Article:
You have not answered any of my questions and justifications raised in the many articles written in 8 parts so far. You have not bothered to respond to the explanation of Mr Ramanathan who is an example of how a Vedic Brahmin must live. You can not take the definition given by Adi Shankara but stick to Kuppanna sastry who had written with a presumption that Rashis were derived from the Greeks. Who is the authority to decide what these terms mean?  You or Kuppanna sastry or some x,y and z writers of the West or  the one who is coming in Vedic tradition and teaches Vedas or the Acharya purushas?
This is a philological principle that I am not willing to give up. The best text interpretation is always text-immanent, because ideas and terminology are often not exactly the same in different texts.

Do you agree with that? No, of course you don't, because you start from the dogma that Indian astrology as we know it today is Vedic. Everything else must be reconciled with this dogma. It is obvious that you will never give up Vedic rashis, whereas in my view it is totally obvious from the sources that they are nothing but a phantom.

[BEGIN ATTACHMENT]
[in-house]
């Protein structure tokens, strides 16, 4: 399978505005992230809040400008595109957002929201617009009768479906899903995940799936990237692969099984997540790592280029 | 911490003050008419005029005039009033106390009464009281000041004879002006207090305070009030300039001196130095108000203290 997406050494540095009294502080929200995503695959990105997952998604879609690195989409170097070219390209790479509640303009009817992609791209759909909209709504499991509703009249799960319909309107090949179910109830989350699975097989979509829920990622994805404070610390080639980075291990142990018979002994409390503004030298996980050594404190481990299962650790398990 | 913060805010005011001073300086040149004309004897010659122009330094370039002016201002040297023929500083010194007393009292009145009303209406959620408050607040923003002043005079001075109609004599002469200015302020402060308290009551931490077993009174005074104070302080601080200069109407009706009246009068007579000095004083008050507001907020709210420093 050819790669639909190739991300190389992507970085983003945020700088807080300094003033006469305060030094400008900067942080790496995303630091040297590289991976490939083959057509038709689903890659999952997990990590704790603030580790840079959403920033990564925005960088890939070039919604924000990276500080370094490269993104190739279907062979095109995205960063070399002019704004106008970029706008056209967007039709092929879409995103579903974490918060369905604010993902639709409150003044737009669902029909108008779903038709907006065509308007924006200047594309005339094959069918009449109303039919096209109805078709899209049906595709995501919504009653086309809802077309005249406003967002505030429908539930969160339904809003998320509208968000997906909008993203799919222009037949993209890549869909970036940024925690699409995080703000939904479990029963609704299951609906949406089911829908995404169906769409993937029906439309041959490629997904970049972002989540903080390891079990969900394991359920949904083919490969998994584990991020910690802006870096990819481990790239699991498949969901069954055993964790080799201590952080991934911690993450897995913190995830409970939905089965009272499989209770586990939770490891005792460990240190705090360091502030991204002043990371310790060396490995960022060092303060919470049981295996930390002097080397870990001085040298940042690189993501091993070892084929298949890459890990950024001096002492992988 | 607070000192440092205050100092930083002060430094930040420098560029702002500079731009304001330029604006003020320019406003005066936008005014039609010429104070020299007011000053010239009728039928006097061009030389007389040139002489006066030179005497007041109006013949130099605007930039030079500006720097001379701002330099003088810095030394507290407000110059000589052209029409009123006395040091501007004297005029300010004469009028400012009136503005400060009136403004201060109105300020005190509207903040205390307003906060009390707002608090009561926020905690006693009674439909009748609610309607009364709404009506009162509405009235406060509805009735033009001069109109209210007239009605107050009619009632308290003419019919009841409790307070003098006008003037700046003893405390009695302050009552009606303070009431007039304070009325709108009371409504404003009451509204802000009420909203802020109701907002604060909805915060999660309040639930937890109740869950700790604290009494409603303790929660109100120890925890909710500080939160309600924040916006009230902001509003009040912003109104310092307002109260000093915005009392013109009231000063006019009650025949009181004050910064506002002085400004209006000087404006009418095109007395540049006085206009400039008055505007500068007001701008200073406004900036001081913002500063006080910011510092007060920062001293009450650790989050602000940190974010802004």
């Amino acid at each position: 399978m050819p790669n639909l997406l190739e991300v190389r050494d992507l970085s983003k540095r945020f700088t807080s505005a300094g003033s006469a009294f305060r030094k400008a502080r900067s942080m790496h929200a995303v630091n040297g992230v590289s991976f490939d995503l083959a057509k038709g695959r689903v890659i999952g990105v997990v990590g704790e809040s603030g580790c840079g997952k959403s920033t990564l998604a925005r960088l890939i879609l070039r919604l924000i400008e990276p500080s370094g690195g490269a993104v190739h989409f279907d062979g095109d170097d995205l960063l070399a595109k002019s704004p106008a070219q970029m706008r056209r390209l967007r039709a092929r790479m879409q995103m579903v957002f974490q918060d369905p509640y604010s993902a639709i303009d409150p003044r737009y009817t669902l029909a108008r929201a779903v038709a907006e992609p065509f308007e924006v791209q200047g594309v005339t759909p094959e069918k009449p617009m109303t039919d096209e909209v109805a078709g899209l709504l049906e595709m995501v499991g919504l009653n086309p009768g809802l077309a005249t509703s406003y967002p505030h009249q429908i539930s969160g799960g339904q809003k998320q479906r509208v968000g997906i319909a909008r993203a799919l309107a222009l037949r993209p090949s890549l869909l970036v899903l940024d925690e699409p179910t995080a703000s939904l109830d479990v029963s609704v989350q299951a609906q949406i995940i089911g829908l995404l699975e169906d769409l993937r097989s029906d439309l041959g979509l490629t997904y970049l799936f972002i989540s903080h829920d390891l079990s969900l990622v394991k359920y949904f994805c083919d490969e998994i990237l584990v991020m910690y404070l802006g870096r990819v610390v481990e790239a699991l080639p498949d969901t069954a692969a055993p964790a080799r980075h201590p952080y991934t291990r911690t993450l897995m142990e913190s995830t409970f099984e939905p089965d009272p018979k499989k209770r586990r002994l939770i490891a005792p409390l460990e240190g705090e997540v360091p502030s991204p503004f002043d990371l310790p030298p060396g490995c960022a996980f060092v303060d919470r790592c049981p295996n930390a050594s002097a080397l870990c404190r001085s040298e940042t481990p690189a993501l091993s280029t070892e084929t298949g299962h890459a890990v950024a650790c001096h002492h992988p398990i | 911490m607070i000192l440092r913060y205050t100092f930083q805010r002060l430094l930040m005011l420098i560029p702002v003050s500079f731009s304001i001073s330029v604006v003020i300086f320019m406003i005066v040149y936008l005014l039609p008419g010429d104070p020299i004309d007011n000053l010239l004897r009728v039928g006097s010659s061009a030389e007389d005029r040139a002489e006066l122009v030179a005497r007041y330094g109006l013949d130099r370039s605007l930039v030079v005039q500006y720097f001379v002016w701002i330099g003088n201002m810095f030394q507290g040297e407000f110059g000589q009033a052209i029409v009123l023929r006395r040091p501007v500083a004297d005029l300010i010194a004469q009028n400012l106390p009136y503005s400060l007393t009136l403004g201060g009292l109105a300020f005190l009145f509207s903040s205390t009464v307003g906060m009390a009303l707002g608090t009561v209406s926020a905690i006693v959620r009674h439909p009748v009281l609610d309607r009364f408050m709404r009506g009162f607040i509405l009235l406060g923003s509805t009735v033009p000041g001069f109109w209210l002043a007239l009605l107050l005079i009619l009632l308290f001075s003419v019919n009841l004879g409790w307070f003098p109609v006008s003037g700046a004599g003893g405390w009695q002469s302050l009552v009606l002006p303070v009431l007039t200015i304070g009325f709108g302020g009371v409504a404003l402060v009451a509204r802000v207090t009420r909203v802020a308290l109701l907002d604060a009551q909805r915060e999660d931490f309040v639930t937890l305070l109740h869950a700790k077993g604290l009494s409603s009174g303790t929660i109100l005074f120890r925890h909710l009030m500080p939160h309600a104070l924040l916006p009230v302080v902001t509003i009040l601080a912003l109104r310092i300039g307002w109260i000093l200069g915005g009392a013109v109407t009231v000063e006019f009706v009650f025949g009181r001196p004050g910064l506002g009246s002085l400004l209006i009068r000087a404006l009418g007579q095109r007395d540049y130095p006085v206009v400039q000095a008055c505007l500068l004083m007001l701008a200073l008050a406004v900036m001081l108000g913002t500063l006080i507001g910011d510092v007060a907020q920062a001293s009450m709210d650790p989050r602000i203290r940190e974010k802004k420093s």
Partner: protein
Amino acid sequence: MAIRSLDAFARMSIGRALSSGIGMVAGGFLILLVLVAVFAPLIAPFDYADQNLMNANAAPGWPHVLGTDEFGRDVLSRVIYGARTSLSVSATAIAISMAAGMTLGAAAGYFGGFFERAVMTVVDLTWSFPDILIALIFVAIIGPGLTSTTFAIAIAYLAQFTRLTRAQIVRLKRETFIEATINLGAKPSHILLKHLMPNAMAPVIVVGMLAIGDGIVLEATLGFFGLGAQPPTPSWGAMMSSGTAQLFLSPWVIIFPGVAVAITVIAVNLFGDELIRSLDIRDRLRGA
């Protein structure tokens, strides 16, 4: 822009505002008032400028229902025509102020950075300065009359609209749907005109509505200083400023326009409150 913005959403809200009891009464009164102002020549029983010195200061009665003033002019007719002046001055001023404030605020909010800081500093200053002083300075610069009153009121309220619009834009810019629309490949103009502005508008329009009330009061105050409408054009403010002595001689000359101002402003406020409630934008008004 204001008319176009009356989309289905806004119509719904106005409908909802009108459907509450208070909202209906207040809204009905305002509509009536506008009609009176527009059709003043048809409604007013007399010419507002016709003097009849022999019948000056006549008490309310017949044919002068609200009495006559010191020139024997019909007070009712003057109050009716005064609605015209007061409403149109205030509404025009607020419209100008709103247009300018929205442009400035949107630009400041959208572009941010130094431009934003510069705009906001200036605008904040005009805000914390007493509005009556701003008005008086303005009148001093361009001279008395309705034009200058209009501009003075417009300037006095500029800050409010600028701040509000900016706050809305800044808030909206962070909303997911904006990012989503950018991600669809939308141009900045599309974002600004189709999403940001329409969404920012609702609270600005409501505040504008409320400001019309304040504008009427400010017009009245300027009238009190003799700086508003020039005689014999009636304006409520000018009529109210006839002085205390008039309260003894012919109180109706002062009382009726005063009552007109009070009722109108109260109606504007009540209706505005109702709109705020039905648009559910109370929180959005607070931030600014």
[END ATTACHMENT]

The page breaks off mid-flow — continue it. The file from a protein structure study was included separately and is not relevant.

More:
With regard to the verse mentioning mina rashi, I listed five arguments that raise doubts about its authenticity. Don't you think, there is at least some logic in them and that better evidence would be required for zodiac signs in Vedas? Unfortunately, there is no better evidence, and this in itself should make you suspicious that something must be wrong with the adjective "Vedic" in the term "Vedic astrology". I think I would not have written my article if Jyotish gurus had not used this adjective for propaganda.